A Wall Street bounce-back held firm on Wednesday as investors bet the worst is over for the economy with nearly every U.S. state reopened in some form.
The S&P 500 rallied to a two-month high, while the Nasdaq closed at levels not seen in more than three months and is now just 4-1/2 percent below the record set in February.
Facebook and Amazon, which both hit fresh all-time highs during the session, gave the Nasdaq a boost.
Liz Miller, president, Summit Place Financial Advisors:
"I think the strength we're seeing today in the market just continues to reflect U.S. investors in particular want to be positive. They want to be optimistic. In many ways what we're seeing is that they are focusing very short term. What I mean by that is that we are seeing movement on nuggets of positive information even though six months from now is so unclear; even though 12 months is a big question mark."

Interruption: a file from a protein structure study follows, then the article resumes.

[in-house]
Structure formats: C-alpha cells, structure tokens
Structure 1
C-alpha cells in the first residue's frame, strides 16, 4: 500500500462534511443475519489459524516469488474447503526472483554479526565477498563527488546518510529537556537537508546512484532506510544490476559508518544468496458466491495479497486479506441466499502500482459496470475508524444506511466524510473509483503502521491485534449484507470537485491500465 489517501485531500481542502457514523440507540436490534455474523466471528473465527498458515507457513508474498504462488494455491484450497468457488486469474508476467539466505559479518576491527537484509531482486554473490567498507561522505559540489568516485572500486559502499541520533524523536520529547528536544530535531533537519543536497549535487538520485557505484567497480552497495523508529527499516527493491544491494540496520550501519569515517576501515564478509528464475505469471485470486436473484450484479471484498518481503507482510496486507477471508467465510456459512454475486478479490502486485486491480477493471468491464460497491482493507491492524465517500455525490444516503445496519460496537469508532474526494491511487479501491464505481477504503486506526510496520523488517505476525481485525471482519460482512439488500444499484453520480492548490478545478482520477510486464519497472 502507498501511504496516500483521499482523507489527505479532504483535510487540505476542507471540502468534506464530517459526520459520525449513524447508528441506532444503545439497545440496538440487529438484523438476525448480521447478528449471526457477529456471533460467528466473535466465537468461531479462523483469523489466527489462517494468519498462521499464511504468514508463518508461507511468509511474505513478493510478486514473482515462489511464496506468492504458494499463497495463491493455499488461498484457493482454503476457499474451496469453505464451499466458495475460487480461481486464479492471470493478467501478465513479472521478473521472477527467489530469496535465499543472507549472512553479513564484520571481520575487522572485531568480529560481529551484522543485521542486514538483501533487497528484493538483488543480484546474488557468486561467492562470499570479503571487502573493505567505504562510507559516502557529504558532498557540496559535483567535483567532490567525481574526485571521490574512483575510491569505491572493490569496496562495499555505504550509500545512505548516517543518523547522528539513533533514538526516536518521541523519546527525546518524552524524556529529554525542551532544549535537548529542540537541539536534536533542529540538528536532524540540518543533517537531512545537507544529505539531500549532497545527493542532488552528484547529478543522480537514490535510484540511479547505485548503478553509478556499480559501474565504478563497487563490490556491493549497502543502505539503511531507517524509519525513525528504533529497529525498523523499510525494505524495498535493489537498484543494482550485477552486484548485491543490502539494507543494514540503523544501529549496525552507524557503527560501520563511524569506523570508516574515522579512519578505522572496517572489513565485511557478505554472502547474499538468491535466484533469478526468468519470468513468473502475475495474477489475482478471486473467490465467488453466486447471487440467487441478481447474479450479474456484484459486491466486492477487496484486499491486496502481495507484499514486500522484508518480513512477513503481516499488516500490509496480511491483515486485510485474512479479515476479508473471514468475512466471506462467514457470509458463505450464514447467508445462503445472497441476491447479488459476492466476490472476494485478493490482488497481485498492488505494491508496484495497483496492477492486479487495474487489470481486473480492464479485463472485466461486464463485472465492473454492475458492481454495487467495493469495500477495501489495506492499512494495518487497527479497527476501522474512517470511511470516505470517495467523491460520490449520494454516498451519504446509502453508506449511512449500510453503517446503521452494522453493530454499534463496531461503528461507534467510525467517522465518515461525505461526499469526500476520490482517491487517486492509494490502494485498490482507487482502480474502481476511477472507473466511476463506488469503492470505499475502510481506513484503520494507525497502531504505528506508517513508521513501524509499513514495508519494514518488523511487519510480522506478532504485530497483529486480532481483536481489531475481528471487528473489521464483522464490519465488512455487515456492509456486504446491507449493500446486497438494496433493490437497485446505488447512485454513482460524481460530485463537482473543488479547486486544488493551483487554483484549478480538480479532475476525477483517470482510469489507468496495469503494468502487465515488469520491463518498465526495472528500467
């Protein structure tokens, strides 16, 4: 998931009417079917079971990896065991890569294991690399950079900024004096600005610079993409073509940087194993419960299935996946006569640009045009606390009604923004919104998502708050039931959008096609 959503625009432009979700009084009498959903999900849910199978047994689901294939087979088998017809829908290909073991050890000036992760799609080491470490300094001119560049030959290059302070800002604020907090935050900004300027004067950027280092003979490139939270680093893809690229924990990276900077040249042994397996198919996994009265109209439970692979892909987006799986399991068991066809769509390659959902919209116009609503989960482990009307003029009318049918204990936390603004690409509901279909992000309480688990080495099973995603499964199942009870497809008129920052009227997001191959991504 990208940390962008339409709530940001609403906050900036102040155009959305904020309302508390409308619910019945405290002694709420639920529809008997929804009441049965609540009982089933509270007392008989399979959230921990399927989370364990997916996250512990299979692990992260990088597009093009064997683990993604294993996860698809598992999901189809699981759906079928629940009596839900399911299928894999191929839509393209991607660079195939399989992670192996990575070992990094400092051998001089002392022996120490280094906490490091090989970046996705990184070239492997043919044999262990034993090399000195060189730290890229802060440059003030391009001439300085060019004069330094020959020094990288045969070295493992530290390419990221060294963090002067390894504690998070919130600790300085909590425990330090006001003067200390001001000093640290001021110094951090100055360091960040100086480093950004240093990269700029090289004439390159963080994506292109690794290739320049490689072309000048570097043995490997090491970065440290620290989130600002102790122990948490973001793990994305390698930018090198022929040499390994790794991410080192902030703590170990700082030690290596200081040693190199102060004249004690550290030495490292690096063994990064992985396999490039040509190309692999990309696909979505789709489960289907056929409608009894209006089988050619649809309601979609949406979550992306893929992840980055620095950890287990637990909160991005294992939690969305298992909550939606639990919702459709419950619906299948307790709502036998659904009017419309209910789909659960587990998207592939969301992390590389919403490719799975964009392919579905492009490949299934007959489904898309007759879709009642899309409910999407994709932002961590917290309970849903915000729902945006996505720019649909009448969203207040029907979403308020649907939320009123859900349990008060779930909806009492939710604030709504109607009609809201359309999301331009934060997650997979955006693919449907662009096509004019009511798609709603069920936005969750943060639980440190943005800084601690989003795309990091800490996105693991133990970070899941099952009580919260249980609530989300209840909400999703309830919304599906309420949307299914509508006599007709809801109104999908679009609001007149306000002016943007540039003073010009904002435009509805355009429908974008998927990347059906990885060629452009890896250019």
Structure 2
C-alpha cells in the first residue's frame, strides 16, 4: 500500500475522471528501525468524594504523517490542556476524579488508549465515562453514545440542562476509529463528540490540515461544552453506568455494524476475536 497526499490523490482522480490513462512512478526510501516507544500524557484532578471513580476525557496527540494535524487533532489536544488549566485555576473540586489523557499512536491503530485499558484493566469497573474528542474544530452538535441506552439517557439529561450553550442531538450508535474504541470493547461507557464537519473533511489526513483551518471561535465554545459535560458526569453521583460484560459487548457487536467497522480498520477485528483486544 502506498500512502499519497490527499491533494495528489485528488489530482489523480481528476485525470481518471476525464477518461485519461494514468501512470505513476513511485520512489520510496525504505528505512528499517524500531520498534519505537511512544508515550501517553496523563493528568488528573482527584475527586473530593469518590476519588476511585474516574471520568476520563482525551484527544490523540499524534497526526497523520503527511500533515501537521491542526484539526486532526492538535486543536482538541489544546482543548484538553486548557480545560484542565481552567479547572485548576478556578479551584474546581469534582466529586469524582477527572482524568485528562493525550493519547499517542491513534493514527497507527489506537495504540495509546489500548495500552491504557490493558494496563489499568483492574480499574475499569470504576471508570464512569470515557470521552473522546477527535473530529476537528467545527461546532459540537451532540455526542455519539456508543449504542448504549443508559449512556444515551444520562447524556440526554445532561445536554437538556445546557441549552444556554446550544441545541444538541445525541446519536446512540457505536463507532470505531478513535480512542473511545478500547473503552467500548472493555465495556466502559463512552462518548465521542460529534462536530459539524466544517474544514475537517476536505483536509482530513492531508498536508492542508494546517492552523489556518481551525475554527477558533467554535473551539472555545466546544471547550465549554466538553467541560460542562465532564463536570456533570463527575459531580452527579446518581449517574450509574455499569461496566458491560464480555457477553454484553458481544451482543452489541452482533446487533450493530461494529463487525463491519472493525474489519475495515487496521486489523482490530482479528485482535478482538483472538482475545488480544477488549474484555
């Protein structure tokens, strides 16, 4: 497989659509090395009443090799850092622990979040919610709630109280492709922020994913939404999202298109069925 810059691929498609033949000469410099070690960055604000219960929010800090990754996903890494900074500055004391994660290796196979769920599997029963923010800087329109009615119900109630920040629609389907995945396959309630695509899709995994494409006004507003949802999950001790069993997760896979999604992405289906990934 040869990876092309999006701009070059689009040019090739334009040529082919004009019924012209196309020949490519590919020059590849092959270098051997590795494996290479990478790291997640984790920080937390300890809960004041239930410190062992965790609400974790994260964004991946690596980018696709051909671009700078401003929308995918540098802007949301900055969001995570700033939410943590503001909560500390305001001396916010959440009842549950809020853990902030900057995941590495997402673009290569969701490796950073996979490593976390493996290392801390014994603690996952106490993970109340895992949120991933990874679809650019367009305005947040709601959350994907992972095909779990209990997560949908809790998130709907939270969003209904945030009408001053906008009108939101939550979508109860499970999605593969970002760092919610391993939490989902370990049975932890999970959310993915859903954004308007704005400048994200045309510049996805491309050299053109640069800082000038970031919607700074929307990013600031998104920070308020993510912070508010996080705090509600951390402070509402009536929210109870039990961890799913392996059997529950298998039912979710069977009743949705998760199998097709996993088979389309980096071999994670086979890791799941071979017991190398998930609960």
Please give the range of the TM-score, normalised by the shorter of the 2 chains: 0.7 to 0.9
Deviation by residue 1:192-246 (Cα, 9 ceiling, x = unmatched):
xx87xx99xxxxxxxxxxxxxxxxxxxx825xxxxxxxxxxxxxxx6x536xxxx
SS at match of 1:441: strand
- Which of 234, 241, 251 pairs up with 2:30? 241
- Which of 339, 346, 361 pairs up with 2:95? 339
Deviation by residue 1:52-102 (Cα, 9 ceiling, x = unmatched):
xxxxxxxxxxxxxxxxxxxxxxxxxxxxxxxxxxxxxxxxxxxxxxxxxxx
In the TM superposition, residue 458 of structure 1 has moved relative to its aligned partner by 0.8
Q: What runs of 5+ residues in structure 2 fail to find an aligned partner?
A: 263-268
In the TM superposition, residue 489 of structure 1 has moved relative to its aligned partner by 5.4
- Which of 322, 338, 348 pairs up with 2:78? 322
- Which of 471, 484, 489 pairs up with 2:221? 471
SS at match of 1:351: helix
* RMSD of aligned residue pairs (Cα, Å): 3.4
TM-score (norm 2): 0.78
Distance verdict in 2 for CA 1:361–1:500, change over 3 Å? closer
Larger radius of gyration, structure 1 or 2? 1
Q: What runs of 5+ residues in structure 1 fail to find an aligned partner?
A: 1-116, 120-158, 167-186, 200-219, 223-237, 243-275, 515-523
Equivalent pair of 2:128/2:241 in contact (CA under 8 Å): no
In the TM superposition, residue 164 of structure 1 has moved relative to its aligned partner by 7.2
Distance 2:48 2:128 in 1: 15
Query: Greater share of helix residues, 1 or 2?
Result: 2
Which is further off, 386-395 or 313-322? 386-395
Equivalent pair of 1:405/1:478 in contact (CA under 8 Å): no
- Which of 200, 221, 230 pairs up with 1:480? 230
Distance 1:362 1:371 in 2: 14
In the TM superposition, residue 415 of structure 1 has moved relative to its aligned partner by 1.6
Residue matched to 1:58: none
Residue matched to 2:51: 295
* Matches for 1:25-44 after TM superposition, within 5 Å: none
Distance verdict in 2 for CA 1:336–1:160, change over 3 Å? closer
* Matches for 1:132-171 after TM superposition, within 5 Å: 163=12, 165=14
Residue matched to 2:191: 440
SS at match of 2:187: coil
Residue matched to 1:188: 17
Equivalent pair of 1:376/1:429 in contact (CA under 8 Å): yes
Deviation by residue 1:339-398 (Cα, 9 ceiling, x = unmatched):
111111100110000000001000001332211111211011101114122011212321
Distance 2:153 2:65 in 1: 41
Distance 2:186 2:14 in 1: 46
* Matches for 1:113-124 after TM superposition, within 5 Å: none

Corporate headlines didn't rock the boat.
Target is a victim of its own success. Quarterly results were better than expected Online sales surged 141 percent last quarter as shoppers flocked to the discount retailer's website during the shutdown but profits plunged more than 64 percent. The company had to spend more on shipping, increased safety measures, and higher wages. Target expects that to be part of its new normal and is setting aside nearly half a billion dollars to cover future costs. Shares of Target were down.
Home improvement retailer Lowe's posted its biggest increase in sales in at least 15 years, but CEO Marvin Ellison doesn't expect that rapid pace of sales gain to continue. Lowe's finished higher.
And the Federal Reserve also added to the stock surge. Minutes released from the Fed's last meeting suggest policymakers are ready to add further stimulus as they fear the possibility of a "protracted period of severely reduced economic activity." Besides keeping its key interest rate near zero, the Fed had a broad debate on what other tools it can use to prevent the economy from falling off a cliff. Earlier this week Federal Reserve Chairman Jerome Powell stood by his call for Congress to consider more fiscal spending in order to cushion the economy.